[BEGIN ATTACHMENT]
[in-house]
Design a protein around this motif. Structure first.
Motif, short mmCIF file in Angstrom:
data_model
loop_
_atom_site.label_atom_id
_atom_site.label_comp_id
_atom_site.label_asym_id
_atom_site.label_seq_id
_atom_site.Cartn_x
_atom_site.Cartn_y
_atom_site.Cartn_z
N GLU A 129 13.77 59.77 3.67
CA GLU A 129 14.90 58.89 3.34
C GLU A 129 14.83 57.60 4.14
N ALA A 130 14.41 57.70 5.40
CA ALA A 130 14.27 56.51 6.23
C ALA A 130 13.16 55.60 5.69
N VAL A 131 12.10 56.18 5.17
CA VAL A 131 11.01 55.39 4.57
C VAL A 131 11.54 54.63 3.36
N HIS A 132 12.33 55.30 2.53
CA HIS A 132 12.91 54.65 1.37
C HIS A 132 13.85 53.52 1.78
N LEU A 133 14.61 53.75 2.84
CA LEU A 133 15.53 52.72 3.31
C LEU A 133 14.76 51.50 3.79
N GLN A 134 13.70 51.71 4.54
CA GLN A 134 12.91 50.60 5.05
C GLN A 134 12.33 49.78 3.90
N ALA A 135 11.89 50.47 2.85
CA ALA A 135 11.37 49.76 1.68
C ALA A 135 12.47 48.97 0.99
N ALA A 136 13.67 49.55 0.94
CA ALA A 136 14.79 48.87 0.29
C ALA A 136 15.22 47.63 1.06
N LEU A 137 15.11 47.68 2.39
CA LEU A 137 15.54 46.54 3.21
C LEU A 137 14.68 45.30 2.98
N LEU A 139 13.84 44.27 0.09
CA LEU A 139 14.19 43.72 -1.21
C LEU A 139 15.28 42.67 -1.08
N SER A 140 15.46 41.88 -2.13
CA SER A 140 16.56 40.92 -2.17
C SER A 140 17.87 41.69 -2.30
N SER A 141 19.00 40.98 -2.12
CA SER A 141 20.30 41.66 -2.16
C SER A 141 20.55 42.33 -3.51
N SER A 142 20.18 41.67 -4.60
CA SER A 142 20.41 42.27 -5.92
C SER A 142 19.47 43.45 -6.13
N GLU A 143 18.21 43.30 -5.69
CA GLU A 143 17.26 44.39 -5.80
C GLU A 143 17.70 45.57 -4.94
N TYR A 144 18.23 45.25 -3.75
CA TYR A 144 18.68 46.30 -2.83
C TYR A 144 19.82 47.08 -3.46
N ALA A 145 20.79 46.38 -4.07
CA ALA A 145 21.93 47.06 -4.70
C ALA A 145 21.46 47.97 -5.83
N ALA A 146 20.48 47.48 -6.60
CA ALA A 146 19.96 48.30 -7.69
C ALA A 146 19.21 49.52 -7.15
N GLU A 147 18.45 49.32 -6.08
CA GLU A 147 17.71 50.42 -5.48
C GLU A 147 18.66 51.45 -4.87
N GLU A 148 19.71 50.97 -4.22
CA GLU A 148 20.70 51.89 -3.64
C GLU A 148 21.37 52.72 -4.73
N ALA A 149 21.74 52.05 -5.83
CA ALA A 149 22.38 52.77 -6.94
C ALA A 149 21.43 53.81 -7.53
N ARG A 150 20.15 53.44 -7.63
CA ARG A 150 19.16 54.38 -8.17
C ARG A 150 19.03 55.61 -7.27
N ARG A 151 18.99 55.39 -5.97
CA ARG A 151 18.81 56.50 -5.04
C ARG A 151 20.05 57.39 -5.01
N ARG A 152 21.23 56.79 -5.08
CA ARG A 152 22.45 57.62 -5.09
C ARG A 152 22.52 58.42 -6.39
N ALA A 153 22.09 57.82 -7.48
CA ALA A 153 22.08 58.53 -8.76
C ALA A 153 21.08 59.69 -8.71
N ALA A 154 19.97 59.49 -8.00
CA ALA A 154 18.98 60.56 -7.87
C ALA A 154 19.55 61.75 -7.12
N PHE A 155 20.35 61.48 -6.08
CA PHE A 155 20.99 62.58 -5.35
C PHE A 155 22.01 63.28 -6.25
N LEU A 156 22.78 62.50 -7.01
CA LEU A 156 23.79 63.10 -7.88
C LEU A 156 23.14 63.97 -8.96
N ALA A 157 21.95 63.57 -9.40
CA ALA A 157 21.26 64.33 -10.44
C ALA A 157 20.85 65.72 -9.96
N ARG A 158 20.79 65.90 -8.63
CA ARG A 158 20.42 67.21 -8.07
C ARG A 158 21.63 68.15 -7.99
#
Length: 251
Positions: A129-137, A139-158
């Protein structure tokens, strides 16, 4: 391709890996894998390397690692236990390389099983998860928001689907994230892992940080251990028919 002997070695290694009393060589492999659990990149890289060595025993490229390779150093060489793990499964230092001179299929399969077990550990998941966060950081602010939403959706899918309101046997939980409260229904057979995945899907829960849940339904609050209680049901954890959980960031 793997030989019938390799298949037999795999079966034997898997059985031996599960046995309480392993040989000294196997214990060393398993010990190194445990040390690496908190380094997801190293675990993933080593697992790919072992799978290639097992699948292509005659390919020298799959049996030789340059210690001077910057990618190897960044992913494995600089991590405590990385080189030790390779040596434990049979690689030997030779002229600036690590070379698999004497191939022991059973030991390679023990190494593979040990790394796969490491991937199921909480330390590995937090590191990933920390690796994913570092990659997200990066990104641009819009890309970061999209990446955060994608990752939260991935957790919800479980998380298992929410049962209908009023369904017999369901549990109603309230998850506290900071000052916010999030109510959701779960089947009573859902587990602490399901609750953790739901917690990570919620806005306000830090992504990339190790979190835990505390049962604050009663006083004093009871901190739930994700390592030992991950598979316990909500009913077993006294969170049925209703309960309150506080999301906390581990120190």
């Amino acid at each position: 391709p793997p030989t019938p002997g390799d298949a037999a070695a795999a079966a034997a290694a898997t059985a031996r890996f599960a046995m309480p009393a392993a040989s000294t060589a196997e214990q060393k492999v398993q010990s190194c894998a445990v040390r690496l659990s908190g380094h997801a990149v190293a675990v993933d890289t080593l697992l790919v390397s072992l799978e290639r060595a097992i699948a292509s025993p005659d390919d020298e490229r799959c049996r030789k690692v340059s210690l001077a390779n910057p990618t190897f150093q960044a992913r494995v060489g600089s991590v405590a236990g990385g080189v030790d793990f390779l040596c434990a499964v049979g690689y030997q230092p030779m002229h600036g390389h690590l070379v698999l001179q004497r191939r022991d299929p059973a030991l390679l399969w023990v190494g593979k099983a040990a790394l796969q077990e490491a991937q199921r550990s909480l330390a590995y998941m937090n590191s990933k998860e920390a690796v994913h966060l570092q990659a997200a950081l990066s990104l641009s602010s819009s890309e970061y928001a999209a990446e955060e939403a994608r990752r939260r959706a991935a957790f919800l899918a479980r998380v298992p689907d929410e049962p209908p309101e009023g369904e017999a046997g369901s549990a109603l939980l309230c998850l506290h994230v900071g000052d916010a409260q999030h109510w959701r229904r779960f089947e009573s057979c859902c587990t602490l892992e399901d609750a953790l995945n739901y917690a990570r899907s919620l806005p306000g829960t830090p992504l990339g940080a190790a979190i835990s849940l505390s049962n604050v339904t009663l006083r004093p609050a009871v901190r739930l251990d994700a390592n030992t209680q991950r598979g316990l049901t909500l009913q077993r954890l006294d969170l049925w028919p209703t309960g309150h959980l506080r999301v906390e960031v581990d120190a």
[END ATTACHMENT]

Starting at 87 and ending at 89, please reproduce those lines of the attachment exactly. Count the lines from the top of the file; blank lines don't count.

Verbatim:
C ALA A 154 19.55 61.75 -7.12
N PHE A 155 20.35 61.48 -6.08
CA PHE A 155 20.99 62.58 -5.35